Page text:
To save the earth, Nepal needs to invest in renewablesNepal’s geographical diversity, natural resources and demographic dividend can be utilised to turn the country carbon neutral.
The non-regenerative energy resources possessed by our planet is shrinking every day. The global energy consumption in 1960 was 3.4 Gtoe (Gigatonne of Oil Equivalent), whereas, in 2018, energy consumption increased to 13.82 Gtoe, a four-fold increase. Indeed, there is a strong relationship between the people’s living standards and the amount as well as types of energy consumed but only one planet to provide the resources.
The greenhouse gas (GHG) emissions related to energy use continued to grow in 2018, despite the growing adoption of renewable, clean energy. Governments around the world are setting policies and targets to reduce emissions. Yet, the world is not on track to meet the targets set by the Sustainable Development Goals and the Paris Agreement on climate change.
A sustainable energy system must have minimal or no adverse environmental or social impact, cause no natural resource depletion and be able to supply the demand for current and future generations. The United Nations has set many targets and indicators in the energy sector to achieve sustainable development goals (SDG) and protect air, water and land by 2030. The good news is that more than one-fourth of global electricity generation is coming from renewables already.
Our region is known as the ‘third pole’, and it holds about 15 percent of global snow and ice; this is a vast amount of energy resource. Rampant use of non-renewable resources, infrastructure development, tourism, and urbanisation are putting pressure on the region’s resources and threatening the Himalayas. Also known as the ‘water tower’ of Asia, the Himalayan region has an estimated hydroelectricity generation potential of more than 500 GW. It can support the development of hydropower in the Himalayan region and along with being a supplemental source to other kinds of renewable sources such as wind and solar energy.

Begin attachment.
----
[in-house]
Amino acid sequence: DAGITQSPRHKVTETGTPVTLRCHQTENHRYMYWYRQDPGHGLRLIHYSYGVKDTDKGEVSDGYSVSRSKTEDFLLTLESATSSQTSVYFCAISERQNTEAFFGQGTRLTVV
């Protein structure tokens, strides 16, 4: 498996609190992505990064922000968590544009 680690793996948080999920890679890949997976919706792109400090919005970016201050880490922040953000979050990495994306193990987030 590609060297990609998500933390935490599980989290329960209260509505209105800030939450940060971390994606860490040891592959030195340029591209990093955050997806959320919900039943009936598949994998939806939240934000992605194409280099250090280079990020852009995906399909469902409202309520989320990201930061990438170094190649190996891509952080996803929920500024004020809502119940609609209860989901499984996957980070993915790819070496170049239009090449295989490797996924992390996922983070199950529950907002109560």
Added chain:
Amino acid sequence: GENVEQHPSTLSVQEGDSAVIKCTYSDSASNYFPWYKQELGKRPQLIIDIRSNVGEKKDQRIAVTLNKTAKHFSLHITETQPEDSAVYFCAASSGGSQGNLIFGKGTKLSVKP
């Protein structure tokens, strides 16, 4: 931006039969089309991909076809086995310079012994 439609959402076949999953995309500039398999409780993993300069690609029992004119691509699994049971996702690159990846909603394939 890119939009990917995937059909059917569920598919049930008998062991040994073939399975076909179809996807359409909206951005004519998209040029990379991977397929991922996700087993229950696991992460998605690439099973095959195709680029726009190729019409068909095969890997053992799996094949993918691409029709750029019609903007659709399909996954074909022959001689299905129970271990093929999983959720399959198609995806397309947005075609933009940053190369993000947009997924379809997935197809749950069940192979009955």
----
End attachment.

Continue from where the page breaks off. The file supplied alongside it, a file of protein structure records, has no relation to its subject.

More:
Carbon emitted by dirty fuels and the burning of biomass is recognised as a major concern in the climate-sensitive Himalayas due to which freshwater sources, especially ice caps and glaciers, are retreating. Temperature across the Himalayan region is projected to increase by about 1 to 2 degrees Celsius by 2050. Similarly, mountain temperatures across the region are projected to increase by beyond 2 degrees Celsius on average. Mountains are already drying out because of the rapid melting of snow. Over 1.65 billion people live in the river basins of the Himalayas. More than 80 percent of the rural population in the Himalayan countries lack a modern energy source for cooking on the one hand; on the other, in specific locations, the use of fossil fuel is increasing. Around 85 percent of the total energy consumption is met by traditional biomass energy, and around 24 percent of households do not have access to electricity.
The Himalayan region remains energy-poor and vulnerable. The issues of energy security, climate change, and energy poverty combined posed a threat to countries in the region. To enhance Nepal’s energy security, access to an adequate amount of energy that is affordable, non-polluting and sustainable, without unduly affecting the present low carbon status, is required. Massive investment for energy transformation and access to technology is equally important.
The generation of renewables sustainably creates more jobs, economic activities and social amenities. In 2018 about 11 million people around the globe were employed by the renewable energy sector. With investment in renewables, Nepal can contribute to climate change mitigation and adaptation, focus on capacity building, transfer, and adopt knowledge and new technologies.
The major sources of renewable energy in Nepal are hydropower, solar, various forms of biomass, and wind. With an increase in renewable sources like biogas, solar, micro-hydro and wind, we can make significant strides towards mitigating environmental degradation and climate change. Solar energy is also a reliable means of energy in the context of Nepal as the country has 300 sunny days in a year, making it rich in solar power potential. Wind energy is also feasible in certain locations.
About 24 percent of people worldwide are already benefiting from small-scale renewable energy technologies. With increasing awareness and investments in research and development in these areas, it is entirely feasible to massively reduce carbon emissions. Nepal can be made into a carbon-neutral country by 2050 as envisioned by the Nepal Planning Commission.
The country has about 10 million people between the ages of 14 and 40, and the median age is around 22.7 years. Nepal can achieve sustainable development goals only by utilising this huge young demographic in a green economy. Experts and researchers among youths in these fields should be prioritised and provided with the means to gain more knowledge about the necessary technological developments.
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